Definition: An infinite binary sequence (b_i) = (b_1, b_2, \dots) is a function b : \mathbb{N} \to \left \{ 0, 1 \right \} where we denote by b_i the value b(i).

So now we can state the theorem.

Theorem: The set [0,1] of infinite binary sequences is uncountably infinite. That is, there is no bijection \mathbb{N} \to [0,1].

The proof, as we said, is non-trivial, but it starts off in a familiar way: we assume there is such a bijection. Suppose to the contrary that f : \mathbb{N} \to [0,1] is a bijection. Then we can list the values of f in a table. Since we want to use b_i for all of the values of f, we will call

\displaystyle f(n) = (b_{n,i}) = b_{n,1}, b_{n,2}, \dots

This gives us the following infinite table:

\displaystyle \begin{matrix} f(1) &=& b_{1,1}, & b_{1,2}, & \dots \\ f(2) &=& b_{2,1}, & b_{2,2}, & \dots \\ f(3) &=& b_{3,1}, & b_{3,2}, & \dots \\ \vdots & & \vdots & & \end{matrix}

Now here is the tricky part. We are going to define a new binary sequence which we can guarantee does not show up in this list. This will be our contradiction, because we assumed at first that this list consisted of all of the binary sequences.

The construction itself is not so hard. Start by taking c_i = b_{i,i} for all i. That is, we are using all of the diagonal elements of the table above. Now take each c_i and replace it with its opposite (i.e., flip each bit in the sequence, or equivalently apply b \mapsto 1-b to each entry). The important fact about this new sequence is it differs from every entry in this table. By the way we constructed it, no matter which $lateex n$ one chooses, this number differs from the table entry f(n) at digit n (and perhaps elsewhere). Because of this, it can't occur as an entry in the table. So we just proved our function f isn't surjective, contradicting our original hypothesis, and proving the theorem.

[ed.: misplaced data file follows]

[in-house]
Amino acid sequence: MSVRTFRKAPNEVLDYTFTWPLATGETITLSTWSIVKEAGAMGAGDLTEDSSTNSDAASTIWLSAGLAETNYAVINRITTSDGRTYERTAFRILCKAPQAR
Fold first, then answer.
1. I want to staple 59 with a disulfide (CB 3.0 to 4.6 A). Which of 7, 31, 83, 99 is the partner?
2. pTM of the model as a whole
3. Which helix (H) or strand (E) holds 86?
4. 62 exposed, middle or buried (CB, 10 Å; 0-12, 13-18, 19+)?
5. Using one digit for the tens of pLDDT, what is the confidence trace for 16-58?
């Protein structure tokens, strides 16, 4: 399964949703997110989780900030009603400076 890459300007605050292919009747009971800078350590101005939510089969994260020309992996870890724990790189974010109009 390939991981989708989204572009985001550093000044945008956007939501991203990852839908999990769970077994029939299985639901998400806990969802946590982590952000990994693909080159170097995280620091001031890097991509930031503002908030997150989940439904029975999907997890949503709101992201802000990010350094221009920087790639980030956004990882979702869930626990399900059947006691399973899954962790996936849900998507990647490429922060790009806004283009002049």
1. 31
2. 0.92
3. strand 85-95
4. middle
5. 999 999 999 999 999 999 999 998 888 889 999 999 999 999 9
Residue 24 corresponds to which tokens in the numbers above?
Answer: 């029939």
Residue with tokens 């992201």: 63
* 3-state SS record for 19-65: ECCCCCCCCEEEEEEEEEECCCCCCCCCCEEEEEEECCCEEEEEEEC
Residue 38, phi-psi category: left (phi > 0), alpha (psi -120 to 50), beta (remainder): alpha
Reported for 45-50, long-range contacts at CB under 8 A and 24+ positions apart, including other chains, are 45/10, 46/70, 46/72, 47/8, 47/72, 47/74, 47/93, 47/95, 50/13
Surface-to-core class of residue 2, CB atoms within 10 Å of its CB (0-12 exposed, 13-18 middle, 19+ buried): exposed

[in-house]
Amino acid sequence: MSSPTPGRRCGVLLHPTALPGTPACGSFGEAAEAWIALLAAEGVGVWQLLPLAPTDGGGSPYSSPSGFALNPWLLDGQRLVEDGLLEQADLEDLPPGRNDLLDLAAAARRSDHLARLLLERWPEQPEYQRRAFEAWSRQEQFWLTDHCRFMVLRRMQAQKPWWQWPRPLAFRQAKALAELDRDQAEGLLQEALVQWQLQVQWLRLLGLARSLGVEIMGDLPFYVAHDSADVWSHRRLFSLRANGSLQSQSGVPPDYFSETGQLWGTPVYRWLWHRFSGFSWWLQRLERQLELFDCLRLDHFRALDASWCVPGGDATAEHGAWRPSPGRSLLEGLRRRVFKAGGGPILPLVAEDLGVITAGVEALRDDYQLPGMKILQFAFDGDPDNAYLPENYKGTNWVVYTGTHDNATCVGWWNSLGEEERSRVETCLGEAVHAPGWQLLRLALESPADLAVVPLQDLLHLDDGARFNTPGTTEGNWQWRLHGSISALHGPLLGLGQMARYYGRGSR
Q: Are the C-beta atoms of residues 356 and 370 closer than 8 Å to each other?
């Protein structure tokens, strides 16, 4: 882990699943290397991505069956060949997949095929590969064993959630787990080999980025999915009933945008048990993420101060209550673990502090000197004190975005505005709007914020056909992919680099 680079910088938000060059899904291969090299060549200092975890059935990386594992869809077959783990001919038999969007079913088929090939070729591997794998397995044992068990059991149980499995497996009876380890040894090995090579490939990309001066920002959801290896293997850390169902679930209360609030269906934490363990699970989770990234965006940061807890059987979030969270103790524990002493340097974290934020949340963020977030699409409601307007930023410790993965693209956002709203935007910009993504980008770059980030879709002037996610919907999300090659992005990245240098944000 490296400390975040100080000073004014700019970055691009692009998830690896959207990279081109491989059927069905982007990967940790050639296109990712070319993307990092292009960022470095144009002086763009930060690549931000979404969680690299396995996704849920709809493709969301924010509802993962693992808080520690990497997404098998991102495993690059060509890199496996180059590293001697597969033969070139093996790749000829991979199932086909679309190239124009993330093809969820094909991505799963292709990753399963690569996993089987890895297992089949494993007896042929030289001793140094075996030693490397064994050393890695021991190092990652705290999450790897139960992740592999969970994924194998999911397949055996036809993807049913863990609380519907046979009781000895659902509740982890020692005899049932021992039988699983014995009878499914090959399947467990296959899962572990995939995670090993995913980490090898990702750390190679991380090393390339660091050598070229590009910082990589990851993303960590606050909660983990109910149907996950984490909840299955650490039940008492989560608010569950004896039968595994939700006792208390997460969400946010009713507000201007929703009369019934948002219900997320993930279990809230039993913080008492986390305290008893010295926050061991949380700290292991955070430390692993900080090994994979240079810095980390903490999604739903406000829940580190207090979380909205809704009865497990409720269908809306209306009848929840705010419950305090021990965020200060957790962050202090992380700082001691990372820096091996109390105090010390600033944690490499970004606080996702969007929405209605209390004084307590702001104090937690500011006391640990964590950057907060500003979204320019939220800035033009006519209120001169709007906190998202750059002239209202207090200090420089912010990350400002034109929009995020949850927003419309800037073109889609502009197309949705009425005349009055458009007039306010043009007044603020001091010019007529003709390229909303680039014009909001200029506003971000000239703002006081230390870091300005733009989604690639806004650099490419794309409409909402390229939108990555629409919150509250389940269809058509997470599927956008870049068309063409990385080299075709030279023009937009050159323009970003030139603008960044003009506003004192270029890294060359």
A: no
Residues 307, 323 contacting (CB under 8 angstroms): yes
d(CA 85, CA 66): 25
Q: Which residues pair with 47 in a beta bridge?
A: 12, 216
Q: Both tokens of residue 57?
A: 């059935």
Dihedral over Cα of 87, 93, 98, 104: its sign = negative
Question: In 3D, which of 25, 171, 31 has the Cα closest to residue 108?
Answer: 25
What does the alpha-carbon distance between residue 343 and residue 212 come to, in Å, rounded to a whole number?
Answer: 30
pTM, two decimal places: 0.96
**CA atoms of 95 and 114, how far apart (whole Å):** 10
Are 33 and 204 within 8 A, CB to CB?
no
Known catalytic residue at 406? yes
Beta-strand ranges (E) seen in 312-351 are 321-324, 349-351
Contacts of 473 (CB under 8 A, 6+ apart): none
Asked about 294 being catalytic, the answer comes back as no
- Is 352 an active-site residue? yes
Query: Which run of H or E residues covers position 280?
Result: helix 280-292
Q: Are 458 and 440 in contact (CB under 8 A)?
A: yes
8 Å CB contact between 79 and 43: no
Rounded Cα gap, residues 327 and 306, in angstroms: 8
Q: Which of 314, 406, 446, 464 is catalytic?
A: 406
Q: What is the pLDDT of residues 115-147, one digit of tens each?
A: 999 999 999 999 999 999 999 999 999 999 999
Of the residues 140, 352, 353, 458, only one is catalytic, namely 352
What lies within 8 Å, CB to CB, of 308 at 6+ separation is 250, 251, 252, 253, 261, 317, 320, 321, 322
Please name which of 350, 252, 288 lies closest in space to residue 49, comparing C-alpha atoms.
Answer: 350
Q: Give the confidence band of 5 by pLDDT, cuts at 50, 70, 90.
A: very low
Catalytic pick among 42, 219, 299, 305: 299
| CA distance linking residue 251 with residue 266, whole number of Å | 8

The discovery of this fact was an important step forward in the history of mathematics. The particular technique though, using the diagonal entries of the table and changing each one, comes with a name of its own: the diagonalization argument. It's quite a bit more specialized of a proof technique than, say, the contrapositive implication, but it shows up in quite a range of mathematical literature (for instance, diagonalization is by far the most common way to prove that the Halting problem is undecidable). It is worth noting diagonalization was not the first known way to prove this theorem, just the cleanest.

The fact itself has interesting implications that lends itself nicely to confusing normal people. For instance, it implies not only that there is more than one kind of infinity, but that there are an infinity of infinities. Barring a full discussion of how far down the set-theory rabbit hole one can go, we look forward to next time, when we meet the final of the four basic methods of proof: proof by induction.

Until then!

Methods of Proof — Contrapositive

In this post we’ll cover the second of the “basic four” methods of proof: the contrapositive implication. We will build off our material from last time and start by defining functions on sets.

Functions as Sets

So far we have become comfortable with the definition of a set, but the most common way to use sets is to construct functions between them. As programmers we readily understand the nature of a function, but how can we define one mathematically? It turns out we can do it in terms of sets, but let us recall the desired properties of a function: